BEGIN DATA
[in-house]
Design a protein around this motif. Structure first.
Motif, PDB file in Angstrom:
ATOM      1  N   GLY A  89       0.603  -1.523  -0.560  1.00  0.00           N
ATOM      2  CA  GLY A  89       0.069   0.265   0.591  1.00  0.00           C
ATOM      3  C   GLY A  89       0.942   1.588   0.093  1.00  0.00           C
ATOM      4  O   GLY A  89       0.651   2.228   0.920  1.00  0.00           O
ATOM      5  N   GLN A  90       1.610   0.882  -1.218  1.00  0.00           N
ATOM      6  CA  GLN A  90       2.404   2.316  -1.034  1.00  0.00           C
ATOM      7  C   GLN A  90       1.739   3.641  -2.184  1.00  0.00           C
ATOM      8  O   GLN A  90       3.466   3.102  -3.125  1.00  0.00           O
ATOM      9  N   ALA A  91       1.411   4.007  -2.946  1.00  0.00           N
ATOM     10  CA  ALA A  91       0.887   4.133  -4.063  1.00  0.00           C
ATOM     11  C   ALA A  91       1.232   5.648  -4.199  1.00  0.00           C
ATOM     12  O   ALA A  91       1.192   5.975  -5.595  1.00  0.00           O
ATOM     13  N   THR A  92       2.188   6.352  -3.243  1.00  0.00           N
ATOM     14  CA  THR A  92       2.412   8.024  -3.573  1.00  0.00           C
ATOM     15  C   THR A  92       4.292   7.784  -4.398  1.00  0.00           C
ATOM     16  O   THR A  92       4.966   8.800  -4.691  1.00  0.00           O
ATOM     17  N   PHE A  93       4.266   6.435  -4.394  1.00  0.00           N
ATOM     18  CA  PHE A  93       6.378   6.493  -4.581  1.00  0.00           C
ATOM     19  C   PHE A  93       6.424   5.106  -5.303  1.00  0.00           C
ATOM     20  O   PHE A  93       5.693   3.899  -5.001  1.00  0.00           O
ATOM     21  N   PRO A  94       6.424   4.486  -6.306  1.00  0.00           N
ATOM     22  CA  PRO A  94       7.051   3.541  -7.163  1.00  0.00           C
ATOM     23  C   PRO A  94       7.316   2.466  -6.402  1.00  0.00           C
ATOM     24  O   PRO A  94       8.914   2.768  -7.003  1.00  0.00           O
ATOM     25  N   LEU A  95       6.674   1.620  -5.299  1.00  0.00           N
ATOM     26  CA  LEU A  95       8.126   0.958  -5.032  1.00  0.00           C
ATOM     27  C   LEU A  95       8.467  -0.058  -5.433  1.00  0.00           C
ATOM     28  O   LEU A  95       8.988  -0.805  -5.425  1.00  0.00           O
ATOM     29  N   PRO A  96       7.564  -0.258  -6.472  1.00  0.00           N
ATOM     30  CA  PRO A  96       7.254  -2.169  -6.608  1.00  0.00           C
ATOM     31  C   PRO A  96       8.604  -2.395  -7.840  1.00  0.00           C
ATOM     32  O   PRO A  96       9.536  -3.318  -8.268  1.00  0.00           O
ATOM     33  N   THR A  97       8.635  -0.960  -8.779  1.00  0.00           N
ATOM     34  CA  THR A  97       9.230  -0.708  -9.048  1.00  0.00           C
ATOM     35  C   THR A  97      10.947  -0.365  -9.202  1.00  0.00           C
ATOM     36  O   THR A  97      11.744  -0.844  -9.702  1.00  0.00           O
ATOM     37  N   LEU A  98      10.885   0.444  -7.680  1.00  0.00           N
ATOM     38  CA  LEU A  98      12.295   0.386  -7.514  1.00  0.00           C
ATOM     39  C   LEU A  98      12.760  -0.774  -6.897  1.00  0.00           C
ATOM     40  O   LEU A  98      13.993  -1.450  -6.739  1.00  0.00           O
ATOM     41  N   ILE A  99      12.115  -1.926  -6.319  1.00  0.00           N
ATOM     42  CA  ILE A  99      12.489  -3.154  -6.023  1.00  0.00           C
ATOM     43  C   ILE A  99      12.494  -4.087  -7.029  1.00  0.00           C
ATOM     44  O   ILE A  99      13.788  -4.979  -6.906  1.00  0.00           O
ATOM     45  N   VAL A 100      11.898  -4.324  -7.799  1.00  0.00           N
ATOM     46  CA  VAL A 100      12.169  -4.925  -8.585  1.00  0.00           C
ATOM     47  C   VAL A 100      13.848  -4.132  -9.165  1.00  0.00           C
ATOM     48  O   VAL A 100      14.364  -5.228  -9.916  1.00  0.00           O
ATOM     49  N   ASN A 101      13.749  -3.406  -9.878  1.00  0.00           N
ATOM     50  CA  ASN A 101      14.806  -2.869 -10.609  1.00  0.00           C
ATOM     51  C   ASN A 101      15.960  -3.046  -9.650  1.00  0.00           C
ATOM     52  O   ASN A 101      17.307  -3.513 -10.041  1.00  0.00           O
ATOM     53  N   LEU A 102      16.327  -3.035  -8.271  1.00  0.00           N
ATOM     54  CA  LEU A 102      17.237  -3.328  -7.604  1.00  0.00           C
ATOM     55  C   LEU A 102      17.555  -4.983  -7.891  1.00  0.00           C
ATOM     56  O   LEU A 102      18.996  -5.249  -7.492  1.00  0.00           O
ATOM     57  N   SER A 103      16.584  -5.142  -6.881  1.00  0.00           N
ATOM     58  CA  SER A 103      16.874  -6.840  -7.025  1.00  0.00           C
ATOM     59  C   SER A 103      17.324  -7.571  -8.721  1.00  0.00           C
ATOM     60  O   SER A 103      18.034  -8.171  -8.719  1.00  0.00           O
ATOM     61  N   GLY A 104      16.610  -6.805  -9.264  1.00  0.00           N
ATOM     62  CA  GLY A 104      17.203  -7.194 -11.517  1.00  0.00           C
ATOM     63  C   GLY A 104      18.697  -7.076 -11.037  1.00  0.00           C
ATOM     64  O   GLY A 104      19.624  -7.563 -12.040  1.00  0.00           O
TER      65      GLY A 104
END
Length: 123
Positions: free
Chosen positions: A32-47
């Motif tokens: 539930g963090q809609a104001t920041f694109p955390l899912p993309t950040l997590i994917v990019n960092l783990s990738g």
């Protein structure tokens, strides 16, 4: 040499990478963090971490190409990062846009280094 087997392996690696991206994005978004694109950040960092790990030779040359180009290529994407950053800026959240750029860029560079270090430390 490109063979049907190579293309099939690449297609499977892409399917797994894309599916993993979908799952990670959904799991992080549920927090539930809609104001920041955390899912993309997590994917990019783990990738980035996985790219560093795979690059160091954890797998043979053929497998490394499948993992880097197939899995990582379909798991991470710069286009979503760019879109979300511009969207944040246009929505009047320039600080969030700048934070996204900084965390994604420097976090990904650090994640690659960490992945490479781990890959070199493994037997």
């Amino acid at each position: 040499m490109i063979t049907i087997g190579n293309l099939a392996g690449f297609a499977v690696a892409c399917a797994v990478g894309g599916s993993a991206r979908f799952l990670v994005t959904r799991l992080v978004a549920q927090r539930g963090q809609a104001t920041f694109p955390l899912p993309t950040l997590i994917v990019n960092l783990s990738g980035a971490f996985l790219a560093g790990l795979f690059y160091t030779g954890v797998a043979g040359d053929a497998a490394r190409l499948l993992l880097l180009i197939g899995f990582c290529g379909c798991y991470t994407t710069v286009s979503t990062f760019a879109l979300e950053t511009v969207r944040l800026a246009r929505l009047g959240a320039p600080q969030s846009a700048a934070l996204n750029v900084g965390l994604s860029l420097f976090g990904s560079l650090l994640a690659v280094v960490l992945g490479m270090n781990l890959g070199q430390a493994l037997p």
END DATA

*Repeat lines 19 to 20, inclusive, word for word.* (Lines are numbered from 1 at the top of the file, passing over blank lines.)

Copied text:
ATOM     16  O   THR A  92       4.966   8.800  -4.691  1.00  0.00           O
ATOM     17  N   PHE A  93       4.266   6.435  -4.394  1.00  0.00           N